Article by Yusra Kureshi - Febuary 7, 2018
Your parents nag at you constantly for being on your phone, for not being responsible enough, or for being lazy. Their parents nagged them for not being able to land a job, or for always going out at night. And your grandparents parents probably nagged them for something along those lines as well. All these generations of history, people, and families, and you’ll always find the difference that resides between your parents and you, their parents and yours. The never-ending difference of age, the one thing that envelopes people in society and ties them to their times.
People resemble their times. The folks born in WWI wouldn’t dare to believe in a future like today, and vice versa for us. And in typical western fashion, we’ve noticed the difference, we’ve studied the difference and we’ve even created a label for each society in history. For example, the young kids flaunting war in 1914 are now called the Lost Generation, or the Greatest Generation. The society built from the 1920’s to WWII are called the Silent Generation, and following them our grandparents, the infamous Baby Boomers (1946-1964) who gave way to our parents, Generation X (1965-1980). The societies that separated them reaped off of their goods, and until recently everyone was busy scolding the Millennials (1980-1994). Now that they’ve moved on, made their mark on the previous generations opinions, showed what they can amount to, the world has switched their attention to a much younger group, and surprise, it's you they're looking at now.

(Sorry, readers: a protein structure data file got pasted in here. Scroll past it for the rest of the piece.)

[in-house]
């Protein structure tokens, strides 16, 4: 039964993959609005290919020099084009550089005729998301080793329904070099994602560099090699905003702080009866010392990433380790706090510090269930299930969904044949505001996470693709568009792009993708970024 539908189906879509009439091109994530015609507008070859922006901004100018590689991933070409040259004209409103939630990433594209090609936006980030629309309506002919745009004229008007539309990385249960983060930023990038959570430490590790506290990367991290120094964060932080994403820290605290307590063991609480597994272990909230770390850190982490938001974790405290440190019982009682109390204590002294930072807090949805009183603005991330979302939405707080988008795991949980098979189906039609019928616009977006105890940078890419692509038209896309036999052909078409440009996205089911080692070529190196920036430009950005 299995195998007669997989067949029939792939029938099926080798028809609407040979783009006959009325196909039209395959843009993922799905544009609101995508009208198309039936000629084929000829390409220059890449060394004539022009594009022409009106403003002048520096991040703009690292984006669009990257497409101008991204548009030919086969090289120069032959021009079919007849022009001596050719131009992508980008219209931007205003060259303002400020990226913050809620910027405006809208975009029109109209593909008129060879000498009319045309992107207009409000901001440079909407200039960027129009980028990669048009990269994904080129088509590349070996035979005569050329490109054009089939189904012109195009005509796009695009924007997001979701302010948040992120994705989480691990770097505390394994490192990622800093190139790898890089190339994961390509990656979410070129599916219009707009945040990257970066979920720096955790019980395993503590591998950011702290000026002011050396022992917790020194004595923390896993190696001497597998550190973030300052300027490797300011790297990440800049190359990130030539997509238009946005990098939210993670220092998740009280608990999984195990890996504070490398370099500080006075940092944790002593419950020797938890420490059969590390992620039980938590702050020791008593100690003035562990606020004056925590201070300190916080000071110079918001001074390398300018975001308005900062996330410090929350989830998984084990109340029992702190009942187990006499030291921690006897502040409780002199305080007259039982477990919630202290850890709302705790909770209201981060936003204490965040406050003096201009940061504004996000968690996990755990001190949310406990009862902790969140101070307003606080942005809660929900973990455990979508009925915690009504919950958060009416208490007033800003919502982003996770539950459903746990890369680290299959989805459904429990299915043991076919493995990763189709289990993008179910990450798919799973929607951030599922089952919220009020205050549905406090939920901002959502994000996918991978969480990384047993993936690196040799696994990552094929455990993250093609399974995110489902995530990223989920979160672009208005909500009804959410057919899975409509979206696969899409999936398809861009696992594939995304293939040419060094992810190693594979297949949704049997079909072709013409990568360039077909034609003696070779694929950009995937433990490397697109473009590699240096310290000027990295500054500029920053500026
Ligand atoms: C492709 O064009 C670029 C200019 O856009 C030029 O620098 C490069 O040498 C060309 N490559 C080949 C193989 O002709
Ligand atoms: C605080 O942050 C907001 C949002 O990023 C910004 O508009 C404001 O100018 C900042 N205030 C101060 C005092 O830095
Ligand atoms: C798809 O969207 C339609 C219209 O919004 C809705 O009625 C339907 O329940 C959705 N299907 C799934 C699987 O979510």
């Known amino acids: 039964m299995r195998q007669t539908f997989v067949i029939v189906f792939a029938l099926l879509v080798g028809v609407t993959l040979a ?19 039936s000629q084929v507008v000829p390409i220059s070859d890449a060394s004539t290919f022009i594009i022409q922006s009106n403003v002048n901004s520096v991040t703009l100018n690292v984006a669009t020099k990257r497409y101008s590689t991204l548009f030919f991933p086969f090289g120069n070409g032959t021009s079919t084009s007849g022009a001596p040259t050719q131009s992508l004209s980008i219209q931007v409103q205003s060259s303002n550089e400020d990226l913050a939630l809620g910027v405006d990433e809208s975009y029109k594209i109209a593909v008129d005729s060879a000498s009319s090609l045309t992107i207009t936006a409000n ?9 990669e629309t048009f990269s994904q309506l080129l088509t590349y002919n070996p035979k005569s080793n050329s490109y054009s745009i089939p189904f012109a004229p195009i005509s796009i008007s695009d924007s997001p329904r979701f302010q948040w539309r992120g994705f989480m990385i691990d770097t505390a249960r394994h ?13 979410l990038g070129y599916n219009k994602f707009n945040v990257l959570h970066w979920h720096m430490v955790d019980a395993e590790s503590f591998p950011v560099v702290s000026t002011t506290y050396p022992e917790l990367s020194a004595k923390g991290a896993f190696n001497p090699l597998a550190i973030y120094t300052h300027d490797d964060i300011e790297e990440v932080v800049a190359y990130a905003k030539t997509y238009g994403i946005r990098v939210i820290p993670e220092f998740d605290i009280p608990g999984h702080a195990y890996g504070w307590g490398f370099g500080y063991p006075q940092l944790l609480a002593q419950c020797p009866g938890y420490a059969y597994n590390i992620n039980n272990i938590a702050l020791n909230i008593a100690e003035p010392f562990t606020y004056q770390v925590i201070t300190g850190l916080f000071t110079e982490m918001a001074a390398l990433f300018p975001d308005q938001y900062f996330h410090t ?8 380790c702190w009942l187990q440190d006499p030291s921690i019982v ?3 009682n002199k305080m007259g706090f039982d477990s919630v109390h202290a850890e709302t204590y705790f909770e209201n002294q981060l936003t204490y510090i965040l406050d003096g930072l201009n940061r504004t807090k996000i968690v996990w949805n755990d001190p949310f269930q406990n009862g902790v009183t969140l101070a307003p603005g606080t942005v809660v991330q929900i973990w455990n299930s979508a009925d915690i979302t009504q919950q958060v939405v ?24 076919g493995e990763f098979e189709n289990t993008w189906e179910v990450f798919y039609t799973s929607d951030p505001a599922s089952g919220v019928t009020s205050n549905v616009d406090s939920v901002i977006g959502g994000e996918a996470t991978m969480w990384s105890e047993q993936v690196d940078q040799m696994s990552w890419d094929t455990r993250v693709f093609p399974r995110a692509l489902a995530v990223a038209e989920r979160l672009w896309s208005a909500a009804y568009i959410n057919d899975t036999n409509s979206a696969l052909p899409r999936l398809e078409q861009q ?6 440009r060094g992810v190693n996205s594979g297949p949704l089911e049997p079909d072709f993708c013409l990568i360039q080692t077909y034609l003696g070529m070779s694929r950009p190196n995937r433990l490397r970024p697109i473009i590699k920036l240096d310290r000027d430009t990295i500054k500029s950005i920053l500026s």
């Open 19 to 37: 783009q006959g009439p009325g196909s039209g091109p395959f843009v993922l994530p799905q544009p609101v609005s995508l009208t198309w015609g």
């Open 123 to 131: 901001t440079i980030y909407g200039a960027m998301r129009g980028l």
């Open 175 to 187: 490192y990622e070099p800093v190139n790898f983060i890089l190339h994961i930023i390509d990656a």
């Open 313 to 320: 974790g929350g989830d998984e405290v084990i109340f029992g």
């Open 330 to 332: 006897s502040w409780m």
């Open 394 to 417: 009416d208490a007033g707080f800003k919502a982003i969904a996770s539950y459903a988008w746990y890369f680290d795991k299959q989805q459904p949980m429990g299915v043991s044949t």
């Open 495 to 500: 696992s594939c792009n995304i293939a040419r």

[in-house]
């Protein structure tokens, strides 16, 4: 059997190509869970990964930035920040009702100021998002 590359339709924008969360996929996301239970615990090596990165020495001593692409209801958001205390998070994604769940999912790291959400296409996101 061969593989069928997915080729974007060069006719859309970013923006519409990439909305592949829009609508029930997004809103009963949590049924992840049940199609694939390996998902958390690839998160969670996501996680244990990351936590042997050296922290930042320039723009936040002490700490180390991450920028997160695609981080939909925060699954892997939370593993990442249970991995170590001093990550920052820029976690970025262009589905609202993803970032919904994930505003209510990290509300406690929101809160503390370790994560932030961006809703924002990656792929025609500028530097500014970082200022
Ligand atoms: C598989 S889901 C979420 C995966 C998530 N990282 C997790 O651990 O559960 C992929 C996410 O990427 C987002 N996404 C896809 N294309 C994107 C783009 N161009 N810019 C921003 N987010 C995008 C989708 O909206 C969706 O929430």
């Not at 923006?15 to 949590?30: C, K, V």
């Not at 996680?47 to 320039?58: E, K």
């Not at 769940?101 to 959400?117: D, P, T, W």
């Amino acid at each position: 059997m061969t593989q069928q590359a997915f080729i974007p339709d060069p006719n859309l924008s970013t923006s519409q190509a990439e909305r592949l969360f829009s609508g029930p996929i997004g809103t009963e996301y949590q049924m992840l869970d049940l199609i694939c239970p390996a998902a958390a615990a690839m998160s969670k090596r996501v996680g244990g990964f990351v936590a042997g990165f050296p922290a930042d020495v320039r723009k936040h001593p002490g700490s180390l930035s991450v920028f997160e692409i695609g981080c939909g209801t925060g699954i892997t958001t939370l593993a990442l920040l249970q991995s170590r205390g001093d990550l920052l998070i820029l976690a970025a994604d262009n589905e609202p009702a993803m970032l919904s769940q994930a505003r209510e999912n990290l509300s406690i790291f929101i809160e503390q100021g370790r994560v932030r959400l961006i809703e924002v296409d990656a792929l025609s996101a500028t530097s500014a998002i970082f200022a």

What does that mean then? Who are we, in the eyes of the media and the current world? According to Mannheim's Theory of Generations, generations change because of major events, and according to the Strauss-Howe Generational Theory, generations are categorized and given characteristics through 4 step cycles and processes containing ‘turnings’, like werewolves or vampires. Both theories have a lot to them, and the details would bore any sane person disinterested in sociology, but these studies of human behaviour both agree that a new generation of the digital transitional world has emerged, and they’re called Generation Z.
To many the name is ridiculous; could they not have come up with a name that had more bravado? Poor naming choices aside, Gen Z are systematically born between 1995- 2010, they’re the definition of the digital era. The oldest of them are at the ripe age of 22, barely having entered the workforce yet, the youngest are around 7 years old, and so far the world doesn’t know what Gen Z will make of it yet, which makes sense. How can a generation of children make a difference? How can you even gather data on a group of people who haven’t even lived past two whole decades at most?